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Knurled Earrings

29 Jun 2019
Progress: Complete

I know you thought I was all knurled-out after knurling the knobs of the Luxury Timewaster. Knees knocking, knuckles knobbly... but don't get your knickers in a knot, I'm not knackered yet! Now I know the knack to knurling, I can knock out knick-knacks in no time!

See, another friend of mine has her birthday just a few days later, so it's time for MORE KNURLING

The finished earrings


We begin, as you probably suspected, with knurling. The brass stock was turned down to 10mm before knurling enough of it to make both earrings (that'll make sure they match).

Brass stocked knurled along its length, held in a collet

Each earring is to be hollowed out, so after touching off to mark the length of the first earring, we centre drill it, then follow with a 7.5mm bit.

Using a centre drill on the knurled brass

The diameter was just an aesthetic choice, perhaps a wider drill bit would have given a more dainty look, regardless this is the look I chose and I'm sticking to it.

End view of the hole drilled in the brass

The tiny taper was cut just by setting the tool angle. A perfectionist might want to match this angle to the 59° angle of the drill bit, in order to have a uniformly thick shell, but alas, here is proof that I am not in fact a perfectionist.

Forming the tapered section, by using the angle of the insert cutting tool

Then we part off, filing a slightly rounded end as we do.

The brass bell shape before flatening and cross drilling

The process was then repeated on the remaining KNURL.

Drilling the knurled brass

To flatten and cross-drill the ends, we're now faced with a dilemma. The four-sided collet holder is a good candidate for holding it and easily flipping 180°, and the clamping pressure is low enough that it shouldn't harm the knurled surface. But unfortunately it protrudes so little from the collet that getting a small diameter drill-bit near it will be near impossible.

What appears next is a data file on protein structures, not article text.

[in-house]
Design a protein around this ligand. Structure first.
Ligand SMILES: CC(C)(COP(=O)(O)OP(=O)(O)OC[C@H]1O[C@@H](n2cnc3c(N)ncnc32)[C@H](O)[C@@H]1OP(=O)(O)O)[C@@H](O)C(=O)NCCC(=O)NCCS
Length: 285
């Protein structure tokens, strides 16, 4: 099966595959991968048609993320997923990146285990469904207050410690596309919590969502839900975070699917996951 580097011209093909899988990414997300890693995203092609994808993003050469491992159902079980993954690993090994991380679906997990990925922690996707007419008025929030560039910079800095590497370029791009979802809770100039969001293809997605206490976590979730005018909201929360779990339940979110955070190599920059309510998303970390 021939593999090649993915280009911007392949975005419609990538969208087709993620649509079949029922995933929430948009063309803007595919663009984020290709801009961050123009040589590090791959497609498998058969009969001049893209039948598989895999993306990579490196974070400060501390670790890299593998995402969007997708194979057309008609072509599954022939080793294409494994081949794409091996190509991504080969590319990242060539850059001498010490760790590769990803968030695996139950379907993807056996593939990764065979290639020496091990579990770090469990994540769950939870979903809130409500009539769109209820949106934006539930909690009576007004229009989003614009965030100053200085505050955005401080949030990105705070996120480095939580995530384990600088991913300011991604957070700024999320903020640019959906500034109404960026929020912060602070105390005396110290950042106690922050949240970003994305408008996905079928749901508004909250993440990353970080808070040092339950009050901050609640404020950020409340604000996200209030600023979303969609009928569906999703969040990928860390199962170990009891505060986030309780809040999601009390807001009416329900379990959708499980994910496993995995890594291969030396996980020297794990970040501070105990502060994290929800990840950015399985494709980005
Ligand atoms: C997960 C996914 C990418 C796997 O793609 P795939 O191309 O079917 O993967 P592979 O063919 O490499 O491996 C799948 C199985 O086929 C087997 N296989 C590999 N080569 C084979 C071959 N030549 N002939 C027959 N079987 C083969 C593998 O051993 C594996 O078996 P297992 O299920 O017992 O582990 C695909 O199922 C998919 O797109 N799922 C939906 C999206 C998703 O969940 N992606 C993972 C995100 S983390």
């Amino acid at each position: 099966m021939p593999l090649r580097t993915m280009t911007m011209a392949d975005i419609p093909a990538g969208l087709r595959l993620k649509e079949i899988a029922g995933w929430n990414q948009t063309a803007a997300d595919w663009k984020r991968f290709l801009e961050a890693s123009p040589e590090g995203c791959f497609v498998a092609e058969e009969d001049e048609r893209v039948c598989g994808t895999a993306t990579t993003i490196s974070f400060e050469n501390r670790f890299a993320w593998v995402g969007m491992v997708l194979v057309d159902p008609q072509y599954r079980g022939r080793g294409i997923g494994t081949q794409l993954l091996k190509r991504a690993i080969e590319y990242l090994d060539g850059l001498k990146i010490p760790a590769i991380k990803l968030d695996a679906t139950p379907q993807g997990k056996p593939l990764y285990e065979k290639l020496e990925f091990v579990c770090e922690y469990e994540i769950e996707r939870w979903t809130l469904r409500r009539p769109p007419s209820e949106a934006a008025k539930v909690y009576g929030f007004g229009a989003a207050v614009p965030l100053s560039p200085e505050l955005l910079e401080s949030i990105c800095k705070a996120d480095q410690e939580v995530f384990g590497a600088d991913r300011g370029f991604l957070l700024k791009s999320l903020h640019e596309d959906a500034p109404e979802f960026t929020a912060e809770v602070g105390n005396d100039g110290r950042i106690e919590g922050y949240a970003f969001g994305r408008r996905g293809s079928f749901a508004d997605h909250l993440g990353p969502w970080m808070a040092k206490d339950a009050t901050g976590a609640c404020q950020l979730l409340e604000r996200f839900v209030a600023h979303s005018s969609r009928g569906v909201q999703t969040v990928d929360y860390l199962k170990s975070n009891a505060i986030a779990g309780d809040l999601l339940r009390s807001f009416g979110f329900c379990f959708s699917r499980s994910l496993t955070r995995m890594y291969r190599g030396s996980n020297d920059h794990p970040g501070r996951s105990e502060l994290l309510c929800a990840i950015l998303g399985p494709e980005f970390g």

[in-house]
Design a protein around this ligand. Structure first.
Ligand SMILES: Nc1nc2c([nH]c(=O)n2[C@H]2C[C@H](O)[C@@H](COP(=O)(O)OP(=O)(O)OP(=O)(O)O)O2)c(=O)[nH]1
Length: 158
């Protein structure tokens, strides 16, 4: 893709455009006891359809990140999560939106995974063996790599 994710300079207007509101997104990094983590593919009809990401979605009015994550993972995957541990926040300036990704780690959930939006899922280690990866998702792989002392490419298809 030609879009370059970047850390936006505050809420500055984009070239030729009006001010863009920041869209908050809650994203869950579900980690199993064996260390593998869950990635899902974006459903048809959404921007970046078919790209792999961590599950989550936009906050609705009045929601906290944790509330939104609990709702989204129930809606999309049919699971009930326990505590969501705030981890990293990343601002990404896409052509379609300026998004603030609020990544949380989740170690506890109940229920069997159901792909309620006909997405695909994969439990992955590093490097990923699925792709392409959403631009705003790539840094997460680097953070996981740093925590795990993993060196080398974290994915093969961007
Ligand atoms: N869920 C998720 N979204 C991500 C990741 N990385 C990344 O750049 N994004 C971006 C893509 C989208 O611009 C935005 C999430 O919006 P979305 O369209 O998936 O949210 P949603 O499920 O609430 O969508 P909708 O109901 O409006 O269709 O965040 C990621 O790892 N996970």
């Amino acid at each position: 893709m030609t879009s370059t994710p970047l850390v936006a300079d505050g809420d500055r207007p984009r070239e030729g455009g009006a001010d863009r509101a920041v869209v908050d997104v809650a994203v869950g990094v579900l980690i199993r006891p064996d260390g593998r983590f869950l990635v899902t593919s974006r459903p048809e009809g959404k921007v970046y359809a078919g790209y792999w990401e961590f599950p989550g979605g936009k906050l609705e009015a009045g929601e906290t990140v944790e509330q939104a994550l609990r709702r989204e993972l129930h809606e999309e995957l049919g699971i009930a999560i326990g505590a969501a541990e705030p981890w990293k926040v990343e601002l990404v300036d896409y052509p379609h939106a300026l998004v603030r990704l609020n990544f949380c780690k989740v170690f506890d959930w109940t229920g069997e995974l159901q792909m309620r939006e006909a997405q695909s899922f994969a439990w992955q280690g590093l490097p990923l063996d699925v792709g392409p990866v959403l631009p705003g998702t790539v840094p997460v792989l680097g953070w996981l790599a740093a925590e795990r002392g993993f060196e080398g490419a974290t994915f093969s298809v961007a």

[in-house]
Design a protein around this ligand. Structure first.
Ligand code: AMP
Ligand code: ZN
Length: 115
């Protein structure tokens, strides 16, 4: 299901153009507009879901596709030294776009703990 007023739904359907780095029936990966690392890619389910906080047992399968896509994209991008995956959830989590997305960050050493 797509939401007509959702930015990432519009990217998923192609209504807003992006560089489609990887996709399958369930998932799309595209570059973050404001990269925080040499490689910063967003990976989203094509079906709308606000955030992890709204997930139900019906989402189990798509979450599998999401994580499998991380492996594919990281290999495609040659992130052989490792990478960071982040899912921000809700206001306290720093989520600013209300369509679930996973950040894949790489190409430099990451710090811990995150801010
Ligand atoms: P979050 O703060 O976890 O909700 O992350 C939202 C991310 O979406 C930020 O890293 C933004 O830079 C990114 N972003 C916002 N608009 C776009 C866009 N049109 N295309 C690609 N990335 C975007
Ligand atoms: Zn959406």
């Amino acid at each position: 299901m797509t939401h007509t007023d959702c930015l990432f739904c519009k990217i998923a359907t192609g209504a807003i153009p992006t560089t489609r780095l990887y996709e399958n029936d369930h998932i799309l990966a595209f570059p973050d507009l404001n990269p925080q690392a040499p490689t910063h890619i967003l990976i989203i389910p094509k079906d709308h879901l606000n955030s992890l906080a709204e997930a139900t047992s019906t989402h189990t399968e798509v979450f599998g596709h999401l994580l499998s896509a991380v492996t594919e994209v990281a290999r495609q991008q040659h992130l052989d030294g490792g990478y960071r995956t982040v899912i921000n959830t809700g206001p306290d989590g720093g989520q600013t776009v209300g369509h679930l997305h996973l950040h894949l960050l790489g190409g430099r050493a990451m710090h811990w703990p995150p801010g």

Holding the brass part in the collet

Solution? Mount the part via the hole we drilled in it. The very same drill-bit that was used to make the hole was now mounted into the collet backwards. The part has a loose fit, so I wrapped a single layer of stickytape around it. Would you believe this provided enough clamping force to mill the surfaces flat? It did!

Making a flat spot with an endmill

Flats on both sides, we're now confident to drill the cross hole. Just to give you an idea of the scale, here's the full set-up for drilling a 1mm hole on the bridgeport:

View of the drill chuck approaching the brass piece


Holding a drill bit in the collet, with the brass part wedged onto it

Dare I say the hole looks a little too small? I widened it to 1.4mm before repeating for the other one.

The finished shape of the brass piece

We're not finished yet! Brass tarnishes at an alarming rate, and I'd really love to have these earrings keep their golden look. The solution is to laquer them with a polyurethane-based varnish. I first dipped them in a weak acid solution to remove any oxides or grease, then dipped them in the varnish and hung them up to dry.

I can hear the reader bemoaning the lack of electronics in the last few projects ("argh! not another machining project!" they cry) but look, here I'm using a diode to hold it!

Knurled brass earring drying, supported by the bent leg of a diode

The other one only gets a random bit of scrap wire.

Brass part after varnishing, being supported by a scrap of wire

And once dry, the addition of off-the-shelf hooks completes the build.

The finished earrings

I think I have finally gotten most of the knurling out of my system now. Normality will resume shortly.

Finished brass earrings